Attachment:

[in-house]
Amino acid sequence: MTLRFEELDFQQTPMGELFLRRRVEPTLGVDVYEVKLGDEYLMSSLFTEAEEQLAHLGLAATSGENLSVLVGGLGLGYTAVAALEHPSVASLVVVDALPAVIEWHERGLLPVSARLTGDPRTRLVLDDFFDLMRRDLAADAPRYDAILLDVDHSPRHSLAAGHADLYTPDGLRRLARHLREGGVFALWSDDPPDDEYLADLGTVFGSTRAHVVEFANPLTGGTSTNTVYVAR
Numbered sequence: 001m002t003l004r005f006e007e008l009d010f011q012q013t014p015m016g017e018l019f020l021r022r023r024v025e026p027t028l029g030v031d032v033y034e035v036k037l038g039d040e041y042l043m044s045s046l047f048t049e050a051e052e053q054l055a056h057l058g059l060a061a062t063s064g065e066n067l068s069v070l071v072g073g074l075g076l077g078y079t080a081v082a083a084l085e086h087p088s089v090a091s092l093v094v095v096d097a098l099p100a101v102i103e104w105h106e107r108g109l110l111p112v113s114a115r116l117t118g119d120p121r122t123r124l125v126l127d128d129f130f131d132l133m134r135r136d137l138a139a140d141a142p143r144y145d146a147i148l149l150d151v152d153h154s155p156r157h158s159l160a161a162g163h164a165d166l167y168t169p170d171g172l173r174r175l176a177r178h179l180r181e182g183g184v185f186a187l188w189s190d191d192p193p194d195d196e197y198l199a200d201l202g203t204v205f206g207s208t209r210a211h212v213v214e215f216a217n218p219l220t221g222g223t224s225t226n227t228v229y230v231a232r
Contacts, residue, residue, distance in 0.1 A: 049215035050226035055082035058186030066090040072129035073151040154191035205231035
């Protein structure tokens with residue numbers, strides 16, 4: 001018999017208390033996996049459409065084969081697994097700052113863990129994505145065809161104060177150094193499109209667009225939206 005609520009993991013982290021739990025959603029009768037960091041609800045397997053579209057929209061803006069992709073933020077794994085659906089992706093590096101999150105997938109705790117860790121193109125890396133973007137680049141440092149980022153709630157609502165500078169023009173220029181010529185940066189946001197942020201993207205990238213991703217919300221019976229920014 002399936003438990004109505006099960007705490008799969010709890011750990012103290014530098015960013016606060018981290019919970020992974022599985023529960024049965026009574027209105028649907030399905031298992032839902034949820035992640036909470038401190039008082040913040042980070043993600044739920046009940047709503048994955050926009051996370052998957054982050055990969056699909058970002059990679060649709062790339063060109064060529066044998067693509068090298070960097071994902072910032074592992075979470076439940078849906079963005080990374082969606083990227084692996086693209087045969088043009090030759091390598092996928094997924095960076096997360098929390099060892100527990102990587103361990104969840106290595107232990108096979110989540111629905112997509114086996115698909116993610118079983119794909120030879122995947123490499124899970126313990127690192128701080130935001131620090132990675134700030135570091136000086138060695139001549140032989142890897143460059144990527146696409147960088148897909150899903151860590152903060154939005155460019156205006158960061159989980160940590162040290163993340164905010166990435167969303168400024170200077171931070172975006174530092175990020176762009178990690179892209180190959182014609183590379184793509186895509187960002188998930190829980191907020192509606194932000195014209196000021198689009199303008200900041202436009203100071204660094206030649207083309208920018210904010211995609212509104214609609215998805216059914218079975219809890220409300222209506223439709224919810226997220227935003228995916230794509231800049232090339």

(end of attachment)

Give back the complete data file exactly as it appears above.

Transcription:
[in-house]
Amino acid sequence: MTLRFEELDFQQTPMGELFLRRRVEPTLGVDVYEVKLGDEYLMSSLFTEAEEQLAHLGLAATSGENLSVLVGGLGLGYTAVAALEHPSVASLVVVDALPAVIEWHERGLLPVSARLTGDPRTRLVLDDFFDLMRRDLAADAPRYDAILLDVDHSPRHSLAAGHADLYTPDGLRRLARHLREGGVFALWSDDPPDDEYLADLGTVFGSTRAHVVEFANPLTGGTSTNTVYVAR
Numbered sequence: 001m002t003l004r005f006e007e008l009d010f011q012q013t014p015m016g017e018l019f020l021r022r023r024v025e026p027t028l029g030v031d032v033y034e035v036k037l038g039d040e041y042l043m044s045s046l047f048t049e050a051e052e053q054l055a056h057l058g059l060a061a062t063s064g065e066n067l068s069v070l071v072g073g074l075g076l077g078y079t080a081v082a083a084l085e086h087p088s089v090a091s092l093v094v095v096d097a098l099p100a101v102i103e104w105h106e107r108g109l110l111p112v113s114a115r116l117t118g119d120p121r122t123r124l125v126l127d128d129f130f131d132l133m134r135r136d137l138a139a140d141a142p143r144y145d146a147i148l149l150d151v152d153h154s155p156r157h158s159l160a161a162g163h164a165d166l167y168t169p170d171g172l173r174r175l176a177r178h179l180r181e182g183g184v185f186a187l188w189s190d191d192p193p194d195d196e197y198l199a200d201l202g203t204v205f206g207s208t209r210a211h212v213v214e215f216a217n218p219l220t221g222g223t224s225t226n227t228v229y230v231a232r
Contacts, residue, residue, distance in 0.1 A: 049215035050226035055082035058186030066090040072129035073151040154191035205231035
């Protein structure tokens with residue numbers, strides 16, 4: 001018999017208390033996996049459409065084969081697994097700052113863990129994505145065809161104060177150094193499109209667009225939206 005609520009993991013982290021739990025959603029009768037960091041609800045397997053579209057929209061803006069992709073933020077794994085659906089992706093590096101999150105997938109705790117860790121193109125890396133973007137680049141440092149980022153709630157609502165500078169023009173220029181010529185940066189946001197942020201993207205990238213991703217919300221019976229920014 002399936003438990004109505006099960007705490008799969010709890011750990012103290014530098015960013016606060018981290019919970020992974022599985023529960024049965026009574027209105028649907030399905031298992032839902034949820035992640036909470038401190039008082040913040042980070043993600044739920046009940047709503048994955050926009051996370052998957054982050055990969056699909058970002059990679060649709062790339063060109064060529066044998067693509068090298070960097071994902072910032074592992075979470076439940078849906079963005080990374082969606083990227084692996086693209087045969088043009090030759091390598092996928094997924095960076096997360098929390099060892100527990102990587103361990104969840106290595107232990108096979110989540111629905112997509114086996115698909116993610118079983119794909120030879122995947123490499124899970126313990127690192128701080130935001131620090132990675134700030135570091136000086138060695139001549140032989142890897143460059144990527146696409147960088148897909150899903151860590152903060154939005155460019156205006158960061159989980160940590162040290163993340164905010166990435167969303168400024170200077171931070172975006174530092175990020176762009178990690179892209180190959182014609183590379184793509186895509187960002188998930190829980191907020192509606194932000195014209196000021198689009199303008200900041202436009203100071204660094206030649207083309208920018210904010211995609212509104214609609215998805216059914218079975219809890220409300222209506223439709224919810226997220227935003228995916230794509231800049232090339």